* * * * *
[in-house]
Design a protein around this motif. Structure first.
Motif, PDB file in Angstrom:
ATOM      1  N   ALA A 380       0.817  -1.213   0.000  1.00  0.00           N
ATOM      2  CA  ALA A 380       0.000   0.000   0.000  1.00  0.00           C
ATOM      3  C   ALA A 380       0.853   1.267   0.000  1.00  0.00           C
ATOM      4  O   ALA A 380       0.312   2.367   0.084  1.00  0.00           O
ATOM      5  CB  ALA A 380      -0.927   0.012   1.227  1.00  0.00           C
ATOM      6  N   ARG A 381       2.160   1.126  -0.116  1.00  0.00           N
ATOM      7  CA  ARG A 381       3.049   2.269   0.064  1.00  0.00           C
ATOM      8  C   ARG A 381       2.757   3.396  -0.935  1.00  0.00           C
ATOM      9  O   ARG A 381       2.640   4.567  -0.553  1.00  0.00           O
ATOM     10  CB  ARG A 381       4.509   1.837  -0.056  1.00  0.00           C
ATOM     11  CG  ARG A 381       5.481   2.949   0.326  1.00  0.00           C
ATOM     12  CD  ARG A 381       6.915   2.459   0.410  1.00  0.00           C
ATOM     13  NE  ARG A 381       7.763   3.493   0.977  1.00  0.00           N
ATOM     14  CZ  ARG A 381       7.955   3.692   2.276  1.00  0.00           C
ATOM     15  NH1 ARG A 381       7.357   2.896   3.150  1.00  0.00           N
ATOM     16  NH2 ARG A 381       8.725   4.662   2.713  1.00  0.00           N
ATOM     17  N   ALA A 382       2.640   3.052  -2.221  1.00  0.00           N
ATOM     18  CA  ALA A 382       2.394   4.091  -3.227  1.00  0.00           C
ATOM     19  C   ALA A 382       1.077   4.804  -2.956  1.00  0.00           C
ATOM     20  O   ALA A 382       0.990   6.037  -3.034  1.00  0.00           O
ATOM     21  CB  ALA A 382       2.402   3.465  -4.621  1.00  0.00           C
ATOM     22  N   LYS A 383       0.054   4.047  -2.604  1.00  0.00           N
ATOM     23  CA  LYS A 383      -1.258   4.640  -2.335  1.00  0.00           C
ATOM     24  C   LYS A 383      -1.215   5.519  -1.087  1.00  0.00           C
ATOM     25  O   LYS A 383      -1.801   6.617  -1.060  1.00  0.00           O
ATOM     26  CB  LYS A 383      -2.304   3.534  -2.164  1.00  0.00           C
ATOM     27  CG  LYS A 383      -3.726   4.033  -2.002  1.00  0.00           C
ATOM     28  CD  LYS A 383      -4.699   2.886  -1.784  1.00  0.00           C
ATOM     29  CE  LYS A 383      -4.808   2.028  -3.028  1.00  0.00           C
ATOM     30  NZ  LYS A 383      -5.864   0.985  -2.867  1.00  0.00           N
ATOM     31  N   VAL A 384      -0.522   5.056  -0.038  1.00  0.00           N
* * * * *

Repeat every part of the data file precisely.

[in-house]
Design a protein around this motif. Structure first.
Motif, PDB file in Angstrom:
ATOM      1  N   ALA A 380       0.817  -1.213   0.000  1.00  0.00           N
ATOM      2  CA  ALA A 380       0.000   0.000   0.000  1.00  0.00           C
ATOM      3  C   ALA A 380       0.853   1.267   0.000  1.00  0.00           C
ATOM      4  O   ALA A 380       0.312   2.367   0.084  1.00  0.00           O
ATOM      5  CB  ALA A 380      -0.927   0.012   1.227  1.00  0.00           C
ATOM      6  N   ARG A 381       2.160   1.126  -0.116  1.00  0.00           N
ATOM      7  CA  ARG A 381       3.049   2.269   0.064  1.00  0.00           C
ATOM      8  C   ARG A 381       2.757   3.396  -0.935  1.00  0.00           C
ATOM      9  O   ARG A 381       2.640   4.567  -0.553  1.00  0.00           O
ATOM     10  CB  ARG A 381       4.509   1.837  -0.056  1.00  0.00           C
ATOM     11  CG  ARG A 381       5.481   2.949   0.326  1.00  0.00           C
ATOM     12  CD  ARG A 381       6.915   2.459   0.410  1.00  0.00           C
ATOM     13  NE  ARG A 381       7.763   3.493   0.977  1.00  0.00           N
ATOM     14  CZ  ARG A 381       7.955   3.692   2.276  1.00  0.00           C
ATOM     15  NH1 ARG A 381       7.357   2.896   3.150  1.00  0.00           N
ATOM     16  NH2 ARG A 381       8.725   4.662   2.713  1.00  0.00           N
ATOM     17  N   ALA A 382       2.640   3.052  -2.221  1.00  0.00           N
ATOM     18  CA  ALA A 382       2.394   4.091  -3.227  1.00  0.00           C
ATOM     19  C   ALA A 382       1.077   4.804  -2.956  1.00  0.00           C
ATOM     20  O   ALA A 382       0.990   6.037  -3.034  1.00  0.00           O
ATOM     21  CB  ALA A 382       2.402   3.465  -4.621  1.00  0.00           C
ATOM     22  N   LYS A 383       0.054   4.047  -2.604  1.00  0.00           N
ATOM     23  CA  LYS A 383      -1.258   4.640  -2.335  1.00  0.00           C
ATOM     24  C   LYS A 383      -1.215   5.519  -1.087  1.00  0.00           C
ATOM     25  O   LYS A 383      -1.801   6.617  -1.060  1.00  0.00           O
ATOM     26  CB  LYS A 383      -2.304   3.534  -2.164  1.00  0.00           C
ATOM     27  CG  LYS A 383      -3.726   4.033  -2.002  1.00  0.00           C
ATOM     28  CD  LYS A 383      -4.699   2.886  -1.784  1.00  0.00           C
ATOM     29  CE  LYS A 383      -4.808   2.028  -3.028  1.00  0.00           C
ATOM     30  NZ  LYS A 383      -5.864   0.985  -2.867  1.00  0.00           N
ATOM     31  N   VAL A 384      -0.522   5.056  -0.038  1.00  0.00           N